Leave my apps alone!: a study on how Android developers access installed apps on user's device
- Conference Paper
To enable app interoperability, the Android platform exposes installed application methods (IAMs), i.e., APIs that allow developers to query for the list of apps installed on a user's device. It is known that information collected through IAMs can be used to precisely deduce end-users interests and personal traits, thus raising privacy concerns. In this paper, we present a large-scale empirical study investigating the presence of IAMs in Android apps and their usage by Android developers. Our results highlight that: (i) IAMs are widely used in commercial applications while their popularity is limited in open-source ones; (ii) IAM calls are mostly performed in included libraries code; (iii) more than one-third of libraries that employ IAMs are advertisement libraries; (iv) a small number of popular advertisement libraries account for over 33% of all usages of IAMs by bundled libraries; (v) developers are not always aware that their apps include IAMs calls. Based on the collected data, we confirm the need to (i) revise the way IAMs are currently managed by the Android platform, introducing either an ad-hoc permission or an opt-out mechanism and (ii) improve both developers and end-users awareness with respect to the privacy-related concerns raised by IAMs. © 2020 Association for Computing Machinery. Show more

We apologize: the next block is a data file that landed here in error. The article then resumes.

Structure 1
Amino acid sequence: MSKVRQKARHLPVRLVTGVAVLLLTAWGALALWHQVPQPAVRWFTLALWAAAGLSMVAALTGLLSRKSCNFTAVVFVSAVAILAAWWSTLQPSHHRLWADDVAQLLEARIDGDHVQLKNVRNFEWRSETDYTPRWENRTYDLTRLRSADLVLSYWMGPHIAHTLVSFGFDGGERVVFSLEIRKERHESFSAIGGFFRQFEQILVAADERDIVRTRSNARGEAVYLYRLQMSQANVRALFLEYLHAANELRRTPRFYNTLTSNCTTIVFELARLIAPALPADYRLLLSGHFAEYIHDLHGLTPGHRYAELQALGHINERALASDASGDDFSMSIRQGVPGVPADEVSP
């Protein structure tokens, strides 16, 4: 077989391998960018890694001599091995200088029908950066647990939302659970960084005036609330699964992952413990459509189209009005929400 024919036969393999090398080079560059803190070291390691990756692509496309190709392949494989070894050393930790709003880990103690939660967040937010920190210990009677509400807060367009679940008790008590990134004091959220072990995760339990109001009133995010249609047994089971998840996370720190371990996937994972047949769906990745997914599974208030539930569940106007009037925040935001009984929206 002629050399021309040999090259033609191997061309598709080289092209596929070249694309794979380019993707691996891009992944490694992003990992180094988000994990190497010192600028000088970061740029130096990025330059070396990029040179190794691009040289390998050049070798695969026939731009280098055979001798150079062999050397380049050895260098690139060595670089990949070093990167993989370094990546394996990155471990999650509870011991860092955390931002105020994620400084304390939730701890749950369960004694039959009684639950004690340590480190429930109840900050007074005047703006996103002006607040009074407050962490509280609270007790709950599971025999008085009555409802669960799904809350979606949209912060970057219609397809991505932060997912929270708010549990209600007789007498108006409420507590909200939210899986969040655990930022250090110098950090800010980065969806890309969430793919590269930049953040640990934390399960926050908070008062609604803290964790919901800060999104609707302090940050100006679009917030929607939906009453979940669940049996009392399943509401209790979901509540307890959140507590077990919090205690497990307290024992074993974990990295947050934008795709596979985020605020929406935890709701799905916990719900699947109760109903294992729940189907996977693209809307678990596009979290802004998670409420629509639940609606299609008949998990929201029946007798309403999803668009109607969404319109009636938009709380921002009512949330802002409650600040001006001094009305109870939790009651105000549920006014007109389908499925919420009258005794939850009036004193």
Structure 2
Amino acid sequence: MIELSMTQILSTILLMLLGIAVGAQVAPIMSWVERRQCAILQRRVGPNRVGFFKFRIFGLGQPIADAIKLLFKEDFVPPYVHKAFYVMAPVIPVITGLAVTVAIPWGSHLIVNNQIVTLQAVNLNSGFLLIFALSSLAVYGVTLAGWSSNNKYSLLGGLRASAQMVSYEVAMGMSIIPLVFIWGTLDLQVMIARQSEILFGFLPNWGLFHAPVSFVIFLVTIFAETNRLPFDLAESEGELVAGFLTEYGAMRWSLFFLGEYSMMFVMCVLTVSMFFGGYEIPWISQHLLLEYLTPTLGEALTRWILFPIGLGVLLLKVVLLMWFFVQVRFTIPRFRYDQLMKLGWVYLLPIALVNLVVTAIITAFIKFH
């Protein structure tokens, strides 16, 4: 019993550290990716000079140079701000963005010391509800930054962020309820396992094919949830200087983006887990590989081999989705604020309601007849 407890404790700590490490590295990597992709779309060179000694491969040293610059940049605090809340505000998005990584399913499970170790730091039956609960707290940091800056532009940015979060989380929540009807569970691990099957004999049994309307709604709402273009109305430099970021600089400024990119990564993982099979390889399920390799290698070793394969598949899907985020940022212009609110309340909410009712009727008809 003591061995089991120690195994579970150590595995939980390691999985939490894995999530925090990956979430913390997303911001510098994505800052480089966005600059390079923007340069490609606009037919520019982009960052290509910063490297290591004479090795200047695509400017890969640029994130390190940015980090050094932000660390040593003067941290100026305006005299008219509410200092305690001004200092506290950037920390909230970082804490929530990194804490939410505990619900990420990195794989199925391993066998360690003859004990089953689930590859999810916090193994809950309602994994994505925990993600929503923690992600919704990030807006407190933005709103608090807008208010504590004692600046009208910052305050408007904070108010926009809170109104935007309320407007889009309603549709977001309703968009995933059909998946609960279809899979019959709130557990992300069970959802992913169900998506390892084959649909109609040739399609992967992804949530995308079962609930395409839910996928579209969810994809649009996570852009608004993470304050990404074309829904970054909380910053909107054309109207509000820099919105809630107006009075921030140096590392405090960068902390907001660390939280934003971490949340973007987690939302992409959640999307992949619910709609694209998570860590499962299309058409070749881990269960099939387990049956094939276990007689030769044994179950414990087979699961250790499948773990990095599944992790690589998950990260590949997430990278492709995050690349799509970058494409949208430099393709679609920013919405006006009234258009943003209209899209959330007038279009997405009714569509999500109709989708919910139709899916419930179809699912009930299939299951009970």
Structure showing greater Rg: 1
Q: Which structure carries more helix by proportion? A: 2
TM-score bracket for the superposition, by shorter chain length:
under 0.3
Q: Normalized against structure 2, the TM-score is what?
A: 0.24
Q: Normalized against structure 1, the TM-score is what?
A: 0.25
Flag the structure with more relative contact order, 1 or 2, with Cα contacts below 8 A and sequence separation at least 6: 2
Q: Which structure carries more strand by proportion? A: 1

Book titleMOBILESoft '20: Proceedings of the IEEE/ACM 7th International Conference on Mobile Software Engineering and Systems
Pages / Article No.
PublisherAssociation for Computing Machinery
SubjectAndroid; Apps; Privacy
Organisational unit09721 - Razavi, Kaveh / Razavi, Kaveh
NotesDue to the Coronavirus (COVID-19) the conference was conducted virtually.
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